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409, Wake Green Road

A Grade II Listed Building in Springfield, Birmingham

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Latitude: 52.4305 / 52°25'49"N

Longitude: -1.8572 / 1°51'26"W

OS Eastings: 409803

OS Northings: 281401

OS Grid: SP098814

Mapcode National: GBR 69V.VL

Mapcode Global: VH9Z9.R5JL

Entry Name: 409, Wake Green Road

Listing Date: 5 January 1998

Grade: II

Source: Historic England

Source ID: 1022573

English Heritage Legacy ID: 466943

Location: Birmingham, B13

County: Birmingham

Electoral Ward/Division: Springfield

Built-Up Area: Birmingham

Traditional County: Worcestershire

Lieutenancy Area (Ceremonial County): West Midlands

Church of England Parish: Moseley St Agnes

Church of England Diocese: Birmingham

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Listing Text

(east side)

997/12/10155 Number 409 (odd)


Prefab with shed. Erected in 1945 under the Housing (Temporary Accommodation) Act by the Ministry of Works, the City Council supplying the site and foundations. Phoenix design, a welded steel tube frame clad 1n cream-painted corrugated asbestos sheet1ng with internal timber lining and partitions.
Shallow-pitched corrugated asbestos roof with felt lining, central apex and low chimney. One storey. The dimensions of the prototype Portal bungalow of 1944 were adopted (32'4" by 21'3"), as were its provision of two bedrooms to left of hall, living room to right and the standard Portal kitchen and bathroom unit, which was delivered ready assembled to the site. Timber windows with metal opening casements and toplights, the living room to right with distinctive double casements mirrored round central mullion. Central door (renewed) under curved metal porch that is an idiosyncratic feature of Phoenix design. Similar casement windows to rear. Shed at rear of identical date and construction.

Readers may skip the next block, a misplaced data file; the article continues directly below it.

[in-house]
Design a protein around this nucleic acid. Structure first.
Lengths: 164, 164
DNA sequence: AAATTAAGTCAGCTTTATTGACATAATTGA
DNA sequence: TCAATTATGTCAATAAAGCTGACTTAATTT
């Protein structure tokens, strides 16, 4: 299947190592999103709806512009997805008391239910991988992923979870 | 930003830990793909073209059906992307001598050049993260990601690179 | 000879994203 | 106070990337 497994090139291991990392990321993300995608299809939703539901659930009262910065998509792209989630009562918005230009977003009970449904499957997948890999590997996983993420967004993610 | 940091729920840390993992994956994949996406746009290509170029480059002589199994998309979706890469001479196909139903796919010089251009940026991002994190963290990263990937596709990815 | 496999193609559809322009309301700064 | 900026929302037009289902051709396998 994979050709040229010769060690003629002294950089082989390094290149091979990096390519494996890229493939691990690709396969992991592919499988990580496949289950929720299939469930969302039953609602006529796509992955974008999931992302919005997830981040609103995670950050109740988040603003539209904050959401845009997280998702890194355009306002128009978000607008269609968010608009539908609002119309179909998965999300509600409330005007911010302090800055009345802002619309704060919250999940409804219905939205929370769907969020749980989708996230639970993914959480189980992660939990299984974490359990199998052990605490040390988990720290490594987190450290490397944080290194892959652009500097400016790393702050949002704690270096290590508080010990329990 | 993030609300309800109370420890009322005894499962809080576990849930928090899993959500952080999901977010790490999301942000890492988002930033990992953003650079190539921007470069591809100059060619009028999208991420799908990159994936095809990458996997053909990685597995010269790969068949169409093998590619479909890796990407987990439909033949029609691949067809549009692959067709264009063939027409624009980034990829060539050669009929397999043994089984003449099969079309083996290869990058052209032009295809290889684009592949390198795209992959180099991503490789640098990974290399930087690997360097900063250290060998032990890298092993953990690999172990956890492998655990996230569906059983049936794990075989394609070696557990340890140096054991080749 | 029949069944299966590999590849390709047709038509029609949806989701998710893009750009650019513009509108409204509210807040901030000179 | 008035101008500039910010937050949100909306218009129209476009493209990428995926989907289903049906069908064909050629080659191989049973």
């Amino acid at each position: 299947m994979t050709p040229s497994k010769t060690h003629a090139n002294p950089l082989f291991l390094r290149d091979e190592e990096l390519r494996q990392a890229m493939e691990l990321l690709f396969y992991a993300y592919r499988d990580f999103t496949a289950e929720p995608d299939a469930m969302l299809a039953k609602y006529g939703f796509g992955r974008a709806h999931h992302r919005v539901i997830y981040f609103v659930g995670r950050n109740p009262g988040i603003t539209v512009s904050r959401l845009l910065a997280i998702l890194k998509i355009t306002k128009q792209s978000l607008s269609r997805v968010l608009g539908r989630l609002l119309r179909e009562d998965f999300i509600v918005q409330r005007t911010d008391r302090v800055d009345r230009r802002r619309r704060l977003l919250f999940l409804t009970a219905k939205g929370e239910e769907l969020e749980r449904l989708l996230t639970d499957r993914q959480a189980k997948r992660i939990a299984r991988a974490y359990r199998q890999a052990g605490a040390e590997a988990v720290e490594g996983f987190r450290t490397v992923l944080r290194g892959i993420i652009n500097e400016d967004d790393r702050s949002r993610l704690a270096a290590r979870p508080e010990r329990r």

The interior was designed to be fully fitted out at a time when furniture and kitchen fixtures were unavailable. Living room with fitted shelving, principal bedroom (at rear) with fitted cupboards. Kitchen, bathroom and separate WC fitted as a single unit, designed by the Ministry of Works, and some features remain.

Some 2,428 Phoenix prefabs were erected in the United Kingdom as part of the Temporary Housing Programme, which erected about 156,623 temporary bungalows between 1944 and 1948. This was a schero3 devised by Lord Portal, Minister of Works, to relieve the post-war shortage at a time when conventional materials were unavailable and when wartime industries needed a new peacetime function. The Phoenix is one of the rarest of the eleven approved types, though one of the most
substantially constructed. Modelled on the Portal prototype bungalow exhibited at the Tate Gallery in 1944 they are notable for their fully fitted interiors, which from the first included fitted kitchens with washing machines and refrigerators- then still novelties -and for their careful layout. The bungalows erected under the Housing (Temporary Accommodation) Act stand out from other prefabricated housing of the period because of their more carefully planned design, internal fixtures, their great historical interest and by being detached.

The group of prefabs in Wake Green Road is an unusual surviving example of a rare variant of the Portal bungalow, and one still more remarkable for its exceptional state of preservation with few alterations.
(The Builder: 7 September 1945: 195; Brenda Vale: Prefabs, a History of the UK Temporary Housing Programme: London: 1995-).

Listing NGR: SP0980381401

This text is from the original listing, and may not necessarily reflect the current setting of the building.

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